Well - reading http://frwebgate.access.gpo.gov/cgi-bin/getdoc.cgi?dbname=browse_usc&docid=Cite:+39USC404 [Broken] - there is no 404(c)! But then that could be an out-of-date version, or is Bush making things up, or is there an error in the Whitehouse publication?

For that matter, there is no 1010(e)!
http://frwebgate.access.gpo.gov/cgi-bin/getdoc.cgi?dbname=browse_usc&docid=Cite:+39USC1010

And there is no 404 in 49CFR - http://www.access.gpo.gov/nara/cfr/waisidx_99/49cfrv5_99.html

nor is there 1010 in 49 CFR - http://www.access.gpo.gov/nara/cfr/waisidx_99/49cfrv6_99.html#1000

I guess making up laws is not so important. :rolleyes: Besides, the legislative branch is supposed to enact laws and the presidential authority is limited to agreeing (signing) or disagreeing (vetoing) with the law.
That's because it's Title 39, not 49. Actually, my original link was to the cost estimate rather than the actual bill. The actual bill, HR 6407, has the applicable info: http://thomas.loc.gov/cgi-bin/query/F?c109:3:./temp/~c109seu8Yp:e203378: [Broken]

Section 1010(e) of the bill does change section 404 to:

(e) AUTHORITY TO FIX RATES AND CLASSES GENERALLY; REQUIREMENT RELATING TO LETTERS SEALED AGAINST INSPECTION- Section 404 of title 39, United States Code (as amended by section 102) is further amended by redesignating subsections (b) and (c) as subsections (d) and (e), respectively, and by inserting after subsection (a) the following:

`(b) Except as otherwise provided, the Governors are authorized to establish reasonable and equitable classes of mail and reasonable and equitable rates of postage and fees for postal services in accordance with the provisions of chapter 36. Postal rates and fees shall be reasonable and equitable and sufficient to enable the Postal Service, under best practices of honest, efficient, and economical management, to maintain and continue the development of postal services of the kind and quality adapted to the needs of the United States.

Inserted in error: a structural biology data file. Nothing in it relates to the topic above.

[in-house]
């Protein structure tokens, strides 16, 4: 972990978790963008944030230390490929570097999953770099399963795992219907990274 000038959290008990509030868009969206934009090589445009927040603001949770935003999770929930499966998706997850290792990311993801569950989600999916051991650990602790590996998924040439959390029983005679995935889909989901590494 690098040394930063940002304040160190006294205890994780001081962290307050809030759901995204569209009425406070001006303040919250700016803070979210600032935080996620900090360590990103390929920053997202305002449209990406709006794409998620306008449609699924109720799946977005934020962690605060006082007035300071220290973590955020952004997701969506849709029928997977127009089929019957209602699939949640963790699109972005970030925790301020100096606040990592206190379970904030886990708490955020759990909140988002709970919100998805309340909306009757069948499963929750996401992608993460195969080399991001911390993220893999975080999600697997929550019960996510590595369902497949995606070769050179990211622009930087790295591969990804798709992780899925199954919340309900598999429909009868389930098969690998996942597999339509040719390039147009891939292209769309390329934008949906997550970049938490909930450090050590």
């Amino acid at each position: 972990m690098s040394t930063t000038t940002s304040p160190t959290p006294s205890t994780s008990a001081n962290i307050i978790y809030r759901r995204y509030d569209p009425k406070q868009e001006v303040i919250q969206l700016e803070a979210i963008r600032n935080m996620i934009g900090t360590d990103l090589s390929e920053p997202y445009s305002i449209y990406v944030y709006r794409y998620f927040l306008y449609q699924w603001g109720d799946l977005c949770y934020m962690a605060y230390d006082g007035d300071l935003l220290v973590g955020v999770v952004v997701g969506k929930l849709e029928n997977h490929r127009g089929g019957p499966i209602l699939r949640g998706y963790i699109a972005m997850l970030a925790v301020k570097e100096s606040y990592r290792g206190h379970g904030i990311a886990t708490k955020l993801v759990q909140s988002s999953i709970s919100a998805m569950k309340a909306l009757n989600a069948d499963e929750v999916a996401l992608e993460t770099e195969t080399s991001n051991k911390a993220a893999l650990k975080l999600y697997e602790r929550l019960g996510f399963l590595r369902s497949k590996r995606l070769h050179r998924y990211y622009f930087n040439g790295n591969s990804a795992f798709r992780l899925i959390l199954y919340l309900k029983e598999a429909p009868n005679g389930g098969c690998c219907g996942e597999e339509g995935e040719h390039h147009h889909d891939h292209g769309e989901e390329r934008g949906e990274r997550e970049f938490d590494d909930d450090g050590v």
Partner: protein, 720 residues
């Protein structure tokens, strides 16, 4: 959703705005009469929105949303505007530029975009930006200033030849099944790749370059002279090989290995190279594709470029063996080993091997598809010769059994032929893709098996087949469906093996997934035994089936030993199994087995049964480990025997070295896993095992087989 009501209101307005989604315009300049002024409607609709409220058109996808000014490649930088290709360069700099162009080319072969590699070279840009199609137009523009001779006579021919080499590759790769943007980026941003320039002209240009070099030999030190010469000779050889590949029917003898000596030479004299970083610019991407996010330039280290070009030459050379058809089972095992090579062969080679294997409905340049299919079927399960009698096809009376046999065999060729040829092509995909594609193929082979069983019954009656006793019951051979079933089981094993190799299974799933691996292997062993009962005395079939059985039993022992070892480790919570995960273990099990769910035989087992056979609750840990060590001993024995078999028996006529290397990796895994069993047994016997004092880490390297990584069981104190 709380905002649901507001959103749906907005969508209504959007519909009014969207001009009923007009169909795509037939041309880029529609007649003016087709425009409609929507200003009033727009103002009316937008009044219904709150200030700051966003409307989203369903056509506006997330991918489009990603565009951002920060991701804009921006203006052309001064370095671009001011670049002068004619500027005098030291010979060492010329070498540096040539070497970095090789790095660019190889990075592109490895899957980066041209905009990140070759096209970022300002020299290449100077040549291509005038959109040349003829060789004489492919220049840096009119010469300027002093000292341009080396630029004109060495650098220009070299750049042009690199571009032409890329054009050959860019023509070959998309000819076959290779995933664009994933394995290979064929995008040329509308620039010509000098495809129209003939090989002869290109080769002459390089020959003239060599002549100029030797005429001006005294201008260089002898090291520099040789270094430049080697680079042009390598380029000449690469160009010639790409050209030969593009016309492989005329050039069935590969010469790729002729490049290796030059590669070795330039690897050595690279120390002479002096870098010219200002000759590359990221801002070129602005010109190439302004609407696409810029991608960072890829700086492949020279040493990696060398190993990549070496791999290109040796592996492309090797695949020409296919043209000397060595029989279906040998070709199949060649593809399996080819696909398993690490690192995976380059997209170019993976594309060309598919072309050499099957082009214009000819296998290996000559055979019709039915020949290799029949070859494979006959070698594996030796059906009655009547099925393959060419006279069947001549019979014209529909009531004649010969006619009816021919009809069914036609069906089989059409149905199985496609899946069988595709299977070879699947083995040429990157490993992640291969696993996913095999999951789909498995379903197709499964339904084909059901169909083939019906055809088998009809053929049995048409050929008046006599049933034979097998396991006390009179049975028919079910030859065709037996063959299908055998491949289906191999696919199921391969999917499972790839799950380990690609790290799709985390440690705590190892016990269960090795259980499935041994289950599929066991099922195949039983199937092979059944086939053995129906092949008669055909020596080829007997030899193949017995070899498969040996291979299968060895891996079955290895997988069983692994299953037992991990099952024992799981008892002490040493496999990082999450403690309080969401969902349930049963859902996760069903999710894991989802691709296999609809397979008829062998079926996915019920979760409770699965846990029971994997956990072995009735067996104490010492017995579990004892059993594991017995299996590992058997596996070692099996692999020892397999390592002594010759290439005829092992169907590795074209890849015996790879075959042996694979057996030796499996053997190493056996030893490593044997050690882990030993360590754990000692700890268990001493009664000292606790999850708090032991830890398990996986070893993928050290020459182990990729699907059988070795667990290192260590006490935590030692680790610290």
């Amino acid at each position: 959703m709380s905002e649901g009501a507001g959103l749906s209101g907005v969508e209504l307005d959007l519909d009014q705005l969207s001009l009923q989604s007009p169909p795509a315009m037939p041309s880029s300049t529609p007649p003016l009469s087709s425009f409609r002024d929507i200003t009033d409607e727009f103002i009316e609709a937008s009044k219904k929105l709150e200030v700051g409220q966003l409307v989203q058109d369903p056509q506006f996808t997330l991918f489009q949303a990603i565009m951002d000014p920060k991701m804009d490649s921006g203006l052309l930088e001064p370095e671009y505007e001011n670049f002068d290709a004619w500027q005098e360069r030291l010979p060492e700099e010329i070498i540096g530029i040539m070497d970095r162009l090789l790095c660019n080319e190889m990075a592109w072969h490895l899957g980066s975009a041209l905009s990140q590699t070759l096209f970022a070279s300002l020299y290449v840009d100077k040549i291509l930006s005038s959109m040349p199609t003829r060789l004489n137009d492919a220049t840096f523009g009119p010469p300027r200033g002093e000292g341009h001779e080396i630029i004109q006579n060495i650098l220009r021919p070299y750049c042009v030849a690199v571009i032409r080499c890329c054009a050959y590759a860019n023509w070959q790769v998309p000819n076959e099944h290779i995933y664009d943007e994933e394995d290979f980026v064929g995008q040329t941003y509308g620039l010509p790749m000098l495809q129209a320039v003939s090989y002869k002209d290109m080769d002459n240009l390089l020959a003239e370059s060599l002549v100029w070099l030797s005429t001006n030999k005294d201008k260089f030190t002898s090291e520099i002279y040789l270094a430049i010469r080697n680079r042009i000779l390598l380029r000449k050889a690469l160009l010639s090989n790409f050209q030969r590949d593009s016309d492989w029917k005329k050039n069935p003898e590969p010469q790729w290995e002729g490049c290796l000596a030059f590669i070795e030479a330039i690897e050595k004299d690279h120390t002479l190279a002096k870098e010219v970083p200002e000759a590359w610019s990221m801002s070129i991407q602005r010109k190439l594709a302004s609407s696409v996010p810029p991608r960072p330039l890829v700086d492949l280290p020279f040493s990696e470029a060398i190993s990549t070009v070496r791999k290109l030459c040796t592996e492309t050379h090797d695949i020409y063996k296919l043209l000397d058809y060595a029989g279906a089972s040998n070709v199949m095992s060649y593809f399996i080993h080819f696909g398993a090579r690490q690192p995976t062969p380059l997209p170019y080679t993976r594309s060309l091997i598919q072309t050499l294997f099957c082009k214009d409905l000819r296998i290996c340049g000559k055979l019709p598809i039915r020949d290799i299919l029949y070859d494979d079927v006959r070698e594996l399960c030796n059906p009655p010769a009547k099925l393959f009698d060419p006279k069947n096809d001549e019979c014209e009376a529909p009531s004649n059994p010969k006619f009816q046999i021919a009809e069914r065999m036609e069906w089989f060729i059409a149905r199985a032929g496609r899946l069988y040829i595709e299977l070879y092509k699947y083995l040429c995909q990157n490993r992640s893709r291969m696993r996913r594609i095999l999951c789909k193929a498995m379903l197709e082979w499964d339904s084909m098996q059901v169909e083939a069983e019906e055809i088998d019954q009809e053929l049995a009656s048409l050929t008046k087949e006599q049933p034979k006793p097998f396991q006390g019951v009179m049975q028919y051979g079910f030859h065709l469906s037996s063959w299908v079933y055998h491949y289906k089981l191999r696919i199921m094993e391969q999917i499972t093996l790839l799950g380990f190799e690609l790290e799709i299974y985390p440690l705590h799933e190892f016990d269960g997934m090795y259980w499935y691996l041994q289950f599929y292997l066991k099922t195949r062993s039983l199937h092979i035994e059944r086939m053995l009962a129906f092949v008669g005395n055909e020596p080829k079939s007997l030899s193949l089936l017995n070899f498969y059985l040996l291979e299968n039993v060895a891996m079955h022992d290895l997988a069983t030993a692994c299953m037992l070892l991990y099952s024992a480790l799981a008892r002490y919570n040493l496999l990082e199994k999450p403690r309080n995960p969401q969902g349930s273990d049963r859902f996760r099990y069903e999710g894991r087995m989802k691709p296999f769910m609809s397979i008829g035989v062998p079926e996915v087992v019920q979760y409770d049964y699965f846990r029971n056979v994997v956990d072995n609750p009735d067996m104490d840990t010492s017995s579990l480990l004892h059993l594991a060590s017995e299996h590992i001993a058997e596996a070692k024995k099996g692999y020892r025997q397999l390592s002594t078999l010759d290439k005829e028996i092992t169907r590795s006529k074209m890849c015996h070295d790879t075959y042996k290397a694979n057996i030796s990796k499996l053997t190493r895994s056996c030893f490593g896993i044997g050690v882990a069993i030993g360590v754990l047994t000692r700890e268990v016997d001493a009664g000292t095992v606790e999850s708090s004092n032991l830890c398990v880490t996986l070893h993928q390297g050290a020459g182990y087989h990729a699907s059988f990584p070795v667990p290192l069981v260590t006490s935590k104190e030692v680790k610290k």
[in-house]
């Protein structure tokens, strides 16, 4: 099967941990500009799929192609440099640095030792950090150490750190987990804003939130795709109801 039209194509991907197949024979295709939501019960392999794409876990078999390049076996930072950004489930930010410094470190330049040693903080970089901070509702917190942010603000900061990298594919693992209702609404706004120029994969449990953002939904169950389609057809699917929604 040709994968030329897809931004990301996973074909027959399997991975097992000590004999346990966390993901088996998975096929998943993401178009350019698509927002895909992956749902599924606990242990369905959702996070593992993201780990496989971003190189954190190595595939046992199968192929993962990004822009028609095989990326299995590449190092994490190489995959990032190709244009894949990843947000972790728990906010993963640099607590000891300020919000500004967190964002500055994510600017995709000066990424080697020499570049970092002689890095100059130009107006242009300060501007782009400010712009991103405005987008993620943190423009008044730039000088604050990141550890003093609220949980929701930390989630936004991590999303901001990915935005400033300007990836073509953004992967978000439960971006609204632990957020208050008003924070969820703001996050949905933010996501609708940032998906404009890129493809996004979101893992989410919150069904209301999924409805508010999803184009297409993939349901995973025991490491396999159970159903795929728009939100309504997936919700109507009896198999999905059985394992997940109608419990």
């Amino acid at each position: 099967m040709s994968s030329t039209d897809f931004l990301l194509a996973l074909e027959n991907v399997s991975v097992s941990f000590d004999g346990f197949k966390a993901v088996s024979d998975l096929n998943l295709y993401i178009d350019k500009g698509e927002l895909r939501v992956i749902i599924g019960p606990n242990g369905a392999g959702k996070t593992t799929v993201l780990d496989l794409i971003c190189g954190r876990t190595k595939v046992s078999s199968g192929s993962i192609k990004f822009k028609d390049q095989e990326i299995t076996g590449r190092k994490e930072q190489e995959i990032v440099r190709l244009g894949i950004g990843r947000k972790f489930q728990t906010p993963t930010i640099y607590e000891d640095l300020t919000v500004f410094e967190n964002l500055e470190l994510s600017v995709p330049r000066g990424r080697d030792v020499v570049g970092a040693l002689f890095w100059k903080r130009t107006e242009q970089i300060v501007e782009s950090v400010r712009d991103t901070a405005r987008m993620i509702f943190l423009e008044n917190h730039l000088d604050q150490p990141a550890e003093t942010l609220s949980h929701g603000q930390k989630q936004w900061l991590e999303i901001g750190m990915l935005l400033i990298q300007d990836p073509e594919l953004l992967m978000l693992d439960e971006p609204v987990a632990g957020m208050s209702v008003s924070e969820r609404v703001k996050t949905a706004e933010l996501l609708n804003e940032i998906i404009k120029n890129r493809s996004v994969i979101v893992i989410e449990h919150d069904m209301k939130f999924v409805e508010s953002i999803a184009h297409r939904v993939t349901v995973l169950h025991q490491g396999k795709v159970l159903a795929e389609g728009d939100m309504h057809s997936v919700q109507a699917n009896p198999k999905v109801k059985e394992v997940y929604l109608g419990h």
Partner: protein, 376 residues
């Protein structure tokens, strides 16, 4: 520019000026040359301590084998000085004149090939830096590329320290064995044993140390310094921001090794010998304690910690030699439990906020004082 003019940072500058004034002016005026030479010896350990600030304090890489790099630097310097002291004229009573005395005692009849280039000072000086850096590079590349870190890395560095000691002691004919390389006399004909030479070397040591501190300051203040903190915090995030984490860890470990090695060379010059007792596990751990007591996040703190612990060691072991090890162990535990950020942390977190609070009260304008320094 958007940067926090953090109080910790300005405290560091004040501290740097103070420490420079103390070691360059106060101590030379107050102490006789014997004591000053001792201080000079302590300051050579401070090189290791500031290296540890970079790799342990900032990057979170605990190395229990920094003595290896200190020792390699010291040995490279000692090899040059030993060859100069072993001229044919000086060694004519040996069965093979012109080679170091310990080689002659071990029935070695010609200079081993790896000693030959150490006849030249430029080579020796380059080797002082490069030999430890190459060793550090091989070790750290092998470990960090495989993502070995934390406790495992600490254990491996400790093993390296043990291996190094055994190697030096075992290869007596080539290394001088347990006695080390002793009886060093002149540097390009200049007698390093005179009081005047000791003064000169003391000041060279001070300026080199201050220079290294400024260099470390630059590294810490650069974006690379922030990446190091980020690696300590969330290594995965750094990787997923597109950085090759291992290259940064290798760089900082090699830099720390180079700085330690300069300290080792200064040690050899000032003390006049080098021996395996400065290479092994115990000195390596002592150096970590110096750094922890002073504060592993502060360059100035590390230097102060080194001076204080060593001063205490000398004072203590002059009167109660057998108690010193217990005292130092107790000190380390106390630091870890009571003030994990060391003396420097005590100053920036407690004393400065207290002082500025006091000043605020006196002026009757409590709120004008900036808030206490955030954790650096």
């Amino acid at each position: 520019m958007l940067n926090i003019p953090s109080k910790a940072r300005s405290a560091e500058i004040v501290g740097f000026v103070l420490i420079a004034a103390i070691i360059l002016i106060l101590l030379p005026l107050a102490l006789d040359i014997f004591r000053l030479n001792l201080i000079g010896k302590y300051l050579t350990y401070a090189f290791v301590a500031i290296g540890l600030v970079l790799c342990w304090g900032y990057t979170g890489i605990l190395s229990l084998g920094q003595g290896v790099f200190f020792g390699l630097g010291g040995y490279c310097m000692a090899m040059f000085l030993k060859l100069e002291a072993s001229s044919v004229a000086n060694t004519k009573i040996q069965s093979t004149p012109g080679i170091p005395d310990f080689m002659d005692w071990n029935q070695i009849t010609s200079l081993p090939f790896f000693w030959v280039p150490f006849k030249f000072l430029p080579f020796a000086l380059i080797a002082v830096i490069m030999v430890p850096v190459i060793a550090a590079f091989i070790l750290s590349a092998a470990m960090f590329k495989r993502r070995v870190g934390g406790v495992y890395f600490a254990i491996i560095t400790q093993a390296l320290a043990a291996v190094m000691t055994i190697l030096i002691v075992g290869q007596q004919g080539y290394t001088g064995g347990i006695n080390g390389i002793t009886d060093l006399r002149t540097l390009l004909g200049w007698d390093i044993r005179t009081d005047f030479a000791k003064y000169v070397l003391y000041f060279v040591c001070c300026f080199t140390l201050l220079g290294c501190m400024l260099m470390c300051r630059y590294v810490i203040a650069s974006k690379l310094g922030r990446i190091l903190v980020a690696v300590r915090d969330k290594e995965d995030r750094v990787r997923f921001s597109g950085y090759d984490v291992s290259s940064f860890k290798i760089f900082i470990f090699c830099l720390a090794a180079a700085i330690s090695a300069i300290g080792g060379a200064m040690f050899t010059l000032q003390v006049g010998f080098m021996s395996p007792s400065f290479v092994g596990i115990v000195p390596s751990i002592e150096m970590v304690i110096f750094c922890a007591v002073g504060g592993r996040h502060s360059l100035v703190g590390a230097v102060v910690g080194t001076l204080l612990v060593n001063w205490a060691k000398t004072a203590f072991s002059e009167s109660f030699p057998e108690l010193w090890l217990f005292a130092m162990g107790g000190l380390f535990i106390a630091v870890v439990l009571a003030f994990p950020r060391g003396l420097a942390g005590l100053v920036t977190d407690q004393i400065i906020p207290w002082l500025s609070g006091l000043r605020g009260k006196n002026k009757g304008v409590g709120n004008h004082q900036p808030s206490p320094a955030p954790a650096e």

`(c) The Postal Service shall maintain one or more classes of mail for the transmission of letters sealed against inspection. The rate for each such class shall be uniform throughout the United States, its territories, and possessions. One such class shall provide for the most expeditious handling and transportation afforded mail matter by the Postal Service. No letter of such a class of domestic origin shall be opened except under authority of a search warrant authorized by law, or by an officer or employee of the Postal Service for the sole purpose of determining an address at which the letter can be delivered, or pursuant to the authorization of the addressee.'.
Boldface section is the section that Bush 'clarified' in his signing statement.
 
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  • #12
Astronuc
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That's because it's Title 39, not 49. Actually, my original link was to the cost estimate rather than the actual bill. The actual bill, HR 6407, has the applicable info: http://thomas.loc.gov/cgi-bin/query/F?c109:3:./temp/~c109seu8Yp:e203378: [Broken]
Ack! My mistake. I linked to USC 39 - but typed 49.
 
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  • #13
Astronuc
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That's because it's Title 39, not 49. Actually, my original link was to the cost estimate rather than the actual bill. The actual bill, HR 6407, has the applicable info: http://thomas.loc.gov/cgi-bin/query/F?c109:3:./temp/~c109seu8Yp:e203378: [Broken]